Not to be . . .
Anyone who attempts to piggyback on Shakespeare's and arguably the world's most renowned drama, Hamlet, better be sharp. Director/co-writer Andrew Fleming doesn't meet the daunting expectation, nor does his star, Steve Coogan, who just didn't elicit sympathy as the hero, even though I was favorably predisposed. Allusions to Dead Poets Society and Mr. Holland's Opus abound, but similar to Hamlet, serve to highlight Hamlet 2's deficiencies.
Tucson public school drama teacher Dana Marschz (Steve Coogan) must come up with a winning original play or suffer further indignation by a ninth-grade drama critic and closing out of the program by the school board. Apparently his adaptations of films to stage have been thrilling only to two geeky drama students. His domestic life is a similar loss awaiting termination: His wife, Brie (Catherine Keener), hammers him for shooting sperm blanks and will make a decision not unlike the School Board's and the drama critic's.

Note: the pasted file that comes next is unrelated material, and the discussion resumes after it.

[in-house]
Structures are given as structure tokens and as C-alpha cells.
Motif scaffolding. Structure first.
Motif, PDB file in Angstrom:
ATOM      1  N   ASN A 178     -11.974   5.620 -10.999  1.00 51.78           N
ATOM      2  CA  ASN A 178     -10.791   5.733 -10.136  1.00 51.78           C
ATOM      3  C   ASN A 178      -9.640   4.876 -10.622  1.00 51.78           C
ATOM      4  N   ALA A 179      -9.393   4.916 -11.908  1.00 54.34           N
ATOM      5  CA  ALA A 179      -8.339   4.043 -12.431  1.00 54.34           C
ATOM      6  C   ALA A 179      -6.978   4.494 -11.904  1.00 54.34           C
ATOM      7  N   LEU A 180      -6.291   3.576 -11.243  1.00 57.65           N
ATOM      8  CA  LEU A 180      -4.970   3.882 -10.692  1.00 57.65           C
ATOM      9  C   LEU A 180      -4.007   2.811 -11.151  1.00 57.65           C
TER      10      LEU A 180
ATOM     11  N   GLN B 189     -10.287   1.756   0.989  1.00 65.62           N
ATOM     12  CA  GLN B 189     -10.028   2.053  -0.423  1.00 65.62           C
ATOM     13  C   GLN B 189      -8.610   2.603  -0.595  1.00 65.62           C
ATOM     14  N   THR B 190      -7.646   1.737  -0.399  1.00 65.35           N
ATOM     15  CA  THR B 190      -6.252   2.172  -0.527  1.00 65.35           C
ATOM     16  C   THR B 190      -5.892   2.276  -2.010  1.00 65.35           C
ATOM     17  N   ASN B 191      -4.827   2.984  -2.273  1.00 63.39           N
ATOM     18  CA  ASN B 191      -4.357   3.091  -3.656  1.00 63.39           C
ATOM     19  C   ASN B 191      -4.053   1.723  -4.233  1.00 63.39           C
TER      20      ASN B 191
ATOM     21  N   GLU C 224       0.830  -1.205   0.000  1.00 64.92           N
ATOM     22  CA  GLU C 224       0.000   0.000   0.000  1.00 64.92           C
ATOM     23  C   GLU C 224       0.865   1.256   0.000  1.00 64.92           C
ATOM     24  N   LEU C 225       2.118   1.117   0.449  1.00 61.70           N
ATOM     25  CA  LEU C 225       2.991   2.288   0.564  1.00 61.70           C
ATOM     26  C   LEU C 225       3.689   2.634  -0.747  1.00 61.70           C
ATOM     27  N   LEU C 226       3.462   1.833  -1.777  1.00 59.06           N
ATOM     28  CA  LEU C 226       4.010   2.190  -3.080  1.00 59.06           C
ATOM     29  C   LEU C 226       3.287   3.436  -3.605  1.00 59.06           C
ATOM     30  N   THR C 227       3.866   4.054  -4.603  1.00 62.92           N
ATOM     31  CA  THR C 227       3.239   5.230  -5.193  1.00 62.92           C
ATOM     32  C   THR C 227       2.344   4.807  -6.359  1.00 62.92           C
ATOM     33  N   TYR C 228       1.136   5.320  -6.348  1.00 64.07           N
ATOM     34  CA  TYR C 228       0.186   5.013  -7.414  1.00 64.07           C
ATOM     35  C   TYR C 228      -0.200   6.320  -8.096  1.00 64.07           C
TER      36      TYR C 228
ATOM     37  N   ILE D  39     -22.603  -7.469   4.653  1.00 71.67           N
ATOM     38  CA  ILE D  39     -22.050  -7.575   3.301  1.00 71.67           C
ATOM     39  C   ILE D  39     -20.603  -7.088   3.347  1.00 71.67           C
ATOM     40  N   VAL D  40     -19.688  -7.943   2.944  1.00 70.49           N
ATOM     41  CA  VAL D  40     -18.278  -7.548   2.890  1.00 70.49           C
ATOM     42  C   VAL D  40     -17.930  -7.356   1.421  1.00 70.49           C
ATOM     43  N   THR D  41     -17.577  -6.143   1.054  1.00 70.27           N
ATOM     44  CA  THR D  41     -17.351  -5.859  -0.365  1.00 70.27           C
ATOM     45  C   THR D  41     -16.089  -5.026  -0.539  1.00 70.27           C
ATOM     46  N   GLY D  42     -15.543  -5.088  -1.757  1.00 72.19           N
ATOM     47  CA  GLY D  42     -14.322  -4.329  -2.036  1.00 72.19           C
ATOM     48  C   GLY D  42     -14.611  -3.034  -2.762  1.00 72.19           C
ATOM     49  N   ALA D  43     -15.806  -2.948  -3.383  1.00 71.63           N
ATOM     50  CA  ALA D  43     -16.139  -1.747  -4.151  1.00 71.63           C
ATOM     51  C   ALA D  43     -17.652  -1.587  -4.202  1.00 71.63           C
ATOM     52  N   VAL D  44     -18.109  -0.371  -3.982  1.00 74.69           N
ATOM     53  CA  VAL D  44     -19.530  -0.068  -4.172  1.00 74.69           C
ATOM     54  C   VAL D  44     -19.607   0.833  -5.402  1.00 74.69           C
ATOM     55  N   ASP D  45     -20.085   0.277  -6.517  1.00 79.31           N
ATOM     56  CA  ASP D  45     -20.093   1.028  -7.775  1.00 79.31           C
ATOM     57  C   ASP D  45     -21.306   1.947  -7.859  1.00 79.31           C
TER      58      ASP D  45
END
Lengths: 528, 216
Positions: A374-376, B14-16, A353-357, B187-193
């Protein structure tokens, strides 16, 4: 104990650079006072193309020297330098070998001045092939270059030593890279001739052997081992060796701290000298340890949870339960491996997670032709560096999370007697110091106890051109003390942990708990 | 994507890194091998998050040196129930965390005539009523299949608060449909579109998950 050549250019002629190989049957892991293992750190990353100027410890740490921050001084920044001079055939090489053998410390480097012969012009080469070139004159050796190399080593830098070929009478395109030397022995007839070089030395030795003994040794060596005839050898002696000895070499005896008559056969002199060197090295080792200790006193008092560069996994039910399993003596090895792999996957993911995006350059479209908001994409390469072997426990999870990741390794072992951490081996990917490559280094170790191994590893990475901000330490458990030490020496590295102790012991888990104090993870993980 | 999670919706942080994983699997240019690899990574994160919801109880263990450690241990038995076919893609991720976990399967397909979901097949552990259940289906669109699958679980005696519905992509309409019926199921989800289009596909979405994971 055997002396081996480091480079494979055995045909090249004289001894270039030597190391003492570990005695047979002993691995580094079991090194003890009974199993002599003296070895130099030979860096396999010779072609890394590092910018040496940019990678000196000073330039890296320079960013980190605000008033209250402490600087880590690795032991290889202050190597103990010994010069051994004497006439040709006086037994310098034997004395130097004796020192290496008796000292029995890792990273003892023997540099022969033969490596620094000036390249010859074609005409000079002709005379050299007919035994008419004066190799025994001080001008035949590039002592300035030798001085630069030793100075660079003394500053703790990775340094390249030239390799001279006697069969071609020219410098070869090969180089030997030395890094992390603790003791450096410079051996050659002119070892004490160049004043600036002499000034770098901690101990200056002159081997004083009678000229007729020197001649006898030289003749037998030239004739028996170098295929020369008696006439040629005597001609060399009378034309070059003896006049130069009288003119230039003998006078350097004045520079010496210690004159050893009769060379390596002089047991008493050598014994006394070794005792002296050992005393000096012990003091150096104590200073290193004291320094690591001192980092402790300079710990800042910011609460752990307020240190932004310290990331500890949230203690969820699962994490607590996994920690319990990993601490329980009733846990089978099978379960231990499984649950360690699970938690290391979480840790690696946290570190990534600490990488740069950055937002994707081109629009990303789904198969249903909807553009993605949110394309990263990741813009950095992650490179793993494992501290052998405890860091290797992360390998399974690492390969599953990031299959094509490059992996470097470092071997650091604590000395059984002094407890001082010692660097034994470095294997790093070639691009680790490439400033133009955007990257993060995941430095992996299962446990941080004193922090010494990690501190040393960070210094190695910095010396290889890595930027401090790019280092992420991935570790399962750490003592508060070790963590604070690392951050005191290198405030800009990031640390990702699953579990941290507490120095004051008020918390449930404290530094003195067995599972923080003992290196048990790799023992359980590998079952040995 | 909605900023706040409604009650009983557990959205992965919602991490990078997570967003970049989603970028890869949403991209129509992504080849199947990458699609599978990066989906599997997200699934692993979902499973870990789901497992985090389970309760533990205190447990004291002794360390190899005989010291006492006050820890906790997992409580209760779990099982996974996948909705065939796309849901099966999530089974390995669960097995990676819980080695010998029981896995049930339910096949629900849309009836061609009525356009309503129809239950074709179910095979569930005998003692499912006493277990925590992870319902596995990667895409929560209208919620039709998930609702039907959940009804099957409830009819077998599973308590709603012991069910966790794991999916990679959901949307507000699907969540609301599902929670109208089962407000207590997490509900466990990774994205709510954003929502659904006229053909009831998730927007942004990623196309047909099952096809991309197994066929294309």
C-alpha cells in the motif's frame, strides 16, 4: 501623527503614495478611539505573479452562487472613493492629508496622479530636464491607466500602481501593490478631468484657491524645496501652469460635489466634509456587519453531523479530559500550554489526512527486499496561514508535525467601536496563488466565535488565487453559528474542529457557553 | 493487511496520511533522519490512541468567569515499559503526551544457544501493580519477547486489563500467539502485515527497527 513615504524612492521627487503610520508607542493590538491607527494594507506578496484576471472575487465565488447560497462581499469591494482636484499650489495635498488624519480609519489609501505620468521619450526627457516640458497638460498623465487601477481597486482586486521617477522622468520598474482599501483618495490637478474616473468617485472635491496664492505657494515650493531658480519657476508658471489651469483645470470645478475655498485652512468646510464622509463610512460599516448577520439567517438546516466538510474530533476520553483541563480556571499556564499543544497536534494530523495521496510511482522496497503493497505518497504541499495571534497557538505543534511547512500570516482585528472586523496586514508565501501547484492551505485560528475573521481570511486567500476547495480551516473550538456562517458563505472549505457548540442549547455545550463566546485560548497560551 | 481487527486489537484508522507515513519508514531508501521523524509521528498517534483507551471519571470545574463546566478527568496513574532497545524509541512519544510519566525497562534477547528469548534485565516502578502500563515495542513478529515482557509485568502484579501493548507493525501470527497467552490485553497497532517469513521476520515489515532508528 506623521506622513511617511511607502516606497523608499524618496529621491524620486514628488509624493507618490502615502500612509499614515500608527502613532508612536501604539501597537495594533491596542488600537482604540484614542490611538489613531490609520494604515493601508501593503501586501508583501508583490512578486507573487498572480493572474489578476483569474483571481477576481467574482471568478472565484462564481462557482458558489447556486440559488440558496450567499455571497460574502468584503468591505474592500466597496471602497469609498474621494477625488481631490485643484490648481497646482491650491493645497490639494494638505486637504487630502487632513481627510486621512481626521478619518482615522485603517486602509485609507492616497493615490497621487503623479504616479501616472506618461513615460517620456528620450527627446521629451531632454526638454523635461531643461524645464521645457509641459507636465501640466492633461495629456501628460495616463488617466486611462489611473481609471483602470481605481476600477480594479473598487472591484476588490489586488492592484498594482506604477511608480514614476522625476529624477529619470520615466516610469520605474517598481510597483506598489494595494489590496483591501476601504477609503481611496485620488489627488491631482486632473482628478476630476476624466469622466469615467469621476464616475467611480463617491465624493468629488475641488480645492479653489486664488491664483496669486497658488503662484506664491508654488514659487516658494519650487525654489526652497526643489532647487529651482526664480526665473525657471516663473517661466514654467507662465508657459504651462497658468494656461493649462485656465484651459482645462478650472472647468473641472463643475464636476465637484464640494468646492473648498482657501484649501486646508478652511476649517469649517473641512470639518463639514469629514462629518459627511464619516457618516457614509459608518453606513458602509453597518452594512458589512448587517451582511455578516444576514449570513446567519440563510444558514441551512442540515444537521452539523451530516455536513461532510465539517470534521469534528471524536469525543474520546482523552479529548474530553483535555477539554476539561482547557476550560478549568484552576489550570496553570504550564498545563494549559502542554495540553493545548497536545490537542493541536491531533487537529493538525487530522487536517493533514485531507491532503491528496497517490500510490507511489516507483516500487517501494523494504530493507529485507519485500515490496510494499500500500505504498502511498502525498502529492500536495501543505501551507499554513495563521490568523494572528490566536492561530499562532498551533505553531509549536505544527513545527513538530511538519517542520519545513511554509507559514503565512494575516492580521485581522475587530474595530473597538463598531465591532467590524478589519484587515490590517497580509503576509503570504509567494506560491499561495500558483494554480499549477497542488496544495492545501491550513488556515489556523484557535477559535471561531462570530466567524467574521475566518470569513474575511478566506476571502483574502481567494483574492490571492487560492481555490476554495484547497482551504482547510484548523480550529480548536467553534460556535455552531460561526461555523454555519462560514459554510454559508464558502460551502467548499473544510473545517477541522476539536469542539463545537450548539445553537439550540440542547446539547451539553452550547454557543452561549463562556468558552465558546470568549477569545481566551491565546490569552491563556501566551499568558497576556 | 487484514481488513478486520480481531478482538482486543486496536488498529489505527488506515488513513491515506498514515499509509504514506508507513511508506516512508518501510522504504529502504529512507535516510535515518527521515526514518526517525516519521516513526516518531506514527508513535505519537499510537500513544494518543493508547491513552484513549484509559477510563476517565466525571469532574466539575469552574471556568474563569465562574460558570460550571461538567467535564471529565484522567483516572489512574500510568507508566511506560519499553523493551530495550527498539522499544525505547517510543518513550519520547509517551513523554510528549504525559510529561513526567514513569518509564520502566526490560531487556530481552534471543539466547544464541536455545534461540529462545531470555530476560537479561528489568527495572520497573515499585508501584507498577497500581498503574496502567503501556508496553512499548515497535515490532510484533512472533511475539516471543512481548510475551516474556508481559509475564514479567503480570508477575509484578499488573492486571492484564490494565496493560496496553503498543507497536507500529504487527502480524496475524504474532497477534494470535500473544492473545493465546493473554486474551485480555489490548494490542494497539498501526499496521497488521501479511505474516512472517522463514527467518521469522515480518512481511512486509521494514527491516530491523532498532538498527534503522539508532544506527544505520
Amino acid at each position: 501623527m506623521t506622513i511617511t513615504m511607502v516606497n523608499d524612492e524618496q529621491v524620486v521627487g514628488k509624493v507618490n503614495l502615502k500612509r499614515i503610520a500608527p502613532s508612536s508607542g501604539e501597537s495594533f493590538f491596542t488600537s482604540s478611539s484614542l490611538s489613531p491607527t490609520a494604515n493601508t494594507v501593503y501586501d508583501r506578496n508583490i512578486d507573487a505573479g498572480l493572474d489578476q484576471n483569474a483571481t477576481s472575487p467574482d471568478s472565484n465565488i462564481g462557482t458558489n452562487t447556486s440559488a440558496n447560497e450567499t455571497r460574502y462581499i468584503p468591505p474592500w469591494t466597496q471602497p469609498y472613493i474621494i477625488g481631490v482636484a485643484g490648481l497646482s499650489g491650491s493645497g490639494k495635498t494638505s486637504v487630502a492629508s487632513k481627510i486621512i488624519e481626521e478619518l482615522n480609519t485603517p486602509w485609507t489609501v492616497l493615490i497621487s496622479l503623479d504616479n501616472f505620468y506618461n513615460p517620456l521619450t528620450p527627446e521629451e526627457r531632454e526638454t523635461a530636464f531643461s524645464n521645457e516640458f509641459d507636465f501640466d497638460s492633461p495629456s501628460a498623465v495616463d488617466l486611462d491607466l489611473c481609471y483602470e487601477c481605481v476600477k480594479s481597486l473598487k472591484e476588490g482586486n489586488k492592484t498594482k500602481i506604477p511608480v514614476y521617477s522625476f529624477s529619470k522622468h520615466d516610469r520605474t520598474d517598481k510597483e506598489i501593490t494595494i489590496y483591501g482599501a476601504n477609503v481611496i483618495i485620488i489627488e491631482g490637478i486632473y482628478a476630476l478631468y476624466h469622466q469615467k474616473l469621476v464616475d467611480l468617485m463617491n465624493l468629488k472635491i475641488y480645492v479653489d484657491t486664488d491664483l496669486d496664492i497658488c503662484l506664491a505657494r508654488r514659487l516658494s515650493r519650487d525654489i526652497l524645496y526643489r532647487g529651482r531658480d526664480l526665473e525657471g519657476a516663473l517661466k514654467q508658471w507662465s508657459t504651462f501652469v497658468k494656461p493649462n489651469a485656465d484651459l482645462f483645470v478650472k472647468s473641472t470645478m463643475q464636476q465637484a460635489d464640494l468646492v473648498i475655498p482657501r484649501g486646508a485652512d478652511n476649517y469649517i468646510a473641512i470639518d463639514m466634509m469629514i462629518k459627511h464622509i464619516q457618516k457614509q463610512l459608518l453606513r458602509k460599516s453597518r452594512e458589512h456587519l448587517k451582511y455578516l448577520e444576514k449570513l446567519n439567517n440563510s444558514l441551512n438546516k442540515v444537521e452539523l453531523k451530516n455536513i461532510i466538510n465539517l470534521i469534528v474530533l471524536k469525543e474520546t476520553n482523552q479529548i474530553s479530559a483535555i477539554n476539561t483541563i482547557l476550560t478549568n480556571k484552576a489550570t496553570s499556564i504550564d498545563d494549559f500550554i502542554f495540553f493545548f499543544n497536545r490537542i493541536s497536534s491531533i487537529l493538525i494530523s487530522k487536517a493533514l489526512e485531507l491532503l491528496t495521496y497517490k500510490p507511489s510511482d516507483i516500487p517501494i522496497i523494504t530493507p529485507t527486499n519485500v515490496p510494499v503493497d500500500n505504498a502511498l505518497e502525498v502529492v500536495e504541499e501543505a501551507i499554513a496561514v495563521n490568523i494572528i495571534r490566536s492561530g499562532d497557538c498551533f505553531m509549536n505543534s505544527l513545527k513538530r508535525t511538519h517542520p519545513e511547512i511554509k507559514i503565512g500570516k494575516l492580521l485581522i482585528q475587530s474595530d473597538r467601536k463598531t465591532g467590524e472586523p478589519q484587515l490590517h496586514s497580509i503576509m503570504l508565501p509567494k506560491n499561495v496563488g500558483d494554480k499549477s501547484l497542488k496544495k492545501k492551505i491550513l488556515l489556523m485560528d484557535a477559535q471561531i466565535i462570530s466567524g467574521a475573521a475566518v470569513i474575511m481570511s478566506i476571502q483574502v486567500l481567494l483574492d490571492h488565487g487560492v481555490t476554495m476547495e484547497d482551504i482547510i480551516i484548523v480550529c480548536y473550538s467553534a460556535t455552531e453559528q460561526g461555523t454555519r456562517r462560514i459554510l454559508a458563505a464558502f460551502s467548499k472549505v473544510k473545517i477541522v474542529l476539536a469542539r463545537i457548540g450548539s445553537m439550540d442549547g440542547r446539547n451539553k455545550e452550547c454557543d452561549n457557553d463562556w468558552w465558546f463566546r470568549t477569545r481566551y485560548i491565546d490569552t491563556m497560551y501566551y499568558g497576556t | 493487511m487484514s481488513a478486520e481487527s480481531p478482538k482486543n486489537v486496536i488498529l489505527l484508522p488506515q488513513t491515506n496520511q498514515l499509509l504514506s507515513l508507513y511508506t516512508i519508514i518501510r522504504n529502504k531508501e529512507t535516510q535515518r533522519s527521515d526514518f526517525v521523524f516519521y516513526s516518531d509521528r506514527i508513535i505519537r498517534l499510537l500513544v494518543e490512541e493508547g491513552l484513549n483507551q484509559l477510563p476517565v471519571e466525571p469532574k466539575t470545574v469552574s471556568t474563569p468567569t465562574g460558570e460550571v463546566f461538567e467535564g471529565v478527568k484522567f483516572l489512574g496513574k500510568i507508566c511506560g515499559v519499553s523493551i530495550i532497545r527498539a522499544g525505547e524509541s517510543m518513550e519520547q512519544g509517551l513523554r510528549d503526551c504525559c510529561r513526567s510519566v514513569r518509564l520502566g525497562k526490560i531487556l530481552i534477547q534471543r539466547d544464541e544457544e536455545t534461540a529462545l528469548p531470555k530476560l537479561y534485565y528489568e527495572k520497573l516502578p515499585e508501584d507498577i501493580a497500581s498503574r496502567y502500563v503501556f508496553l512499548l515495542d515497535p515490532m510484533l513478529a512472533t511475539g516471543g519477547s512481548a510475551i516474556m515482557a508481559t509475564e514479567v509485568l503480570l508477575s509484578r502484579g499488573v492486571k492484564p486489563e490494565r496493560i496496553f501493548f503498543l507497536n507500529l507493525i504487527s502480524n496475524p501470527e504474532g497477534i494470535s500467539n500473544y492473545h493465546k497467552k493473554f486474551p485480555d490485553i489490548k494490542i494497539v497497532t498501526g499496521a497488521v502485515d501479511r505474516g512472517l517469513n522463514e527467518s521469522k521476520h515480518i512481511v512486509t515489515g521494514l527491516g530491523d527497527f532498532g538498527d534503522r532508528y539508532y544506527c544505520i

It's worth noting that even the stellar performances of the women can't save the film from disappointment: Elizabeth Shue as herself refreshes the tired plot the minute she arrives as a disaffected former star; Amy Pohler is the embodiment of bitchy ACLU operatives; and Keener is always effective as a sexy, pragmatic, disaffected independent woman. Younger than they but with a great deal of promise is Phoebe Strole as Epiphany, a devoted but woefully na?ve young actress
The climax, peak, or just most energetic part of the film is the actual musical sequel to the great tragedy (Dana confesses his life is a "parody of a tragedy," the most accurate line of the film). It's a silly sack of shtick elevated lamely by its juxtaposition with the inane previous "acts": a time machine contrived to reverse the tragic elements of the original, the Tucson Gay men's Chorus singing Someone Saved my Life Tonight, and the signature song, Rock Me, Sexy Jesus?a sassy reminder of its inspiration's richness, Jesus Christ, Superstar.
As a former thespian, I could appreciate the mayhem and low-level of high school drama; Coogan brings a seeming lack of talent to his part, another authentic touch to an otherwise unremarkable satire. "The play's the thing" as Hamlet prepares his revenge; the film is not.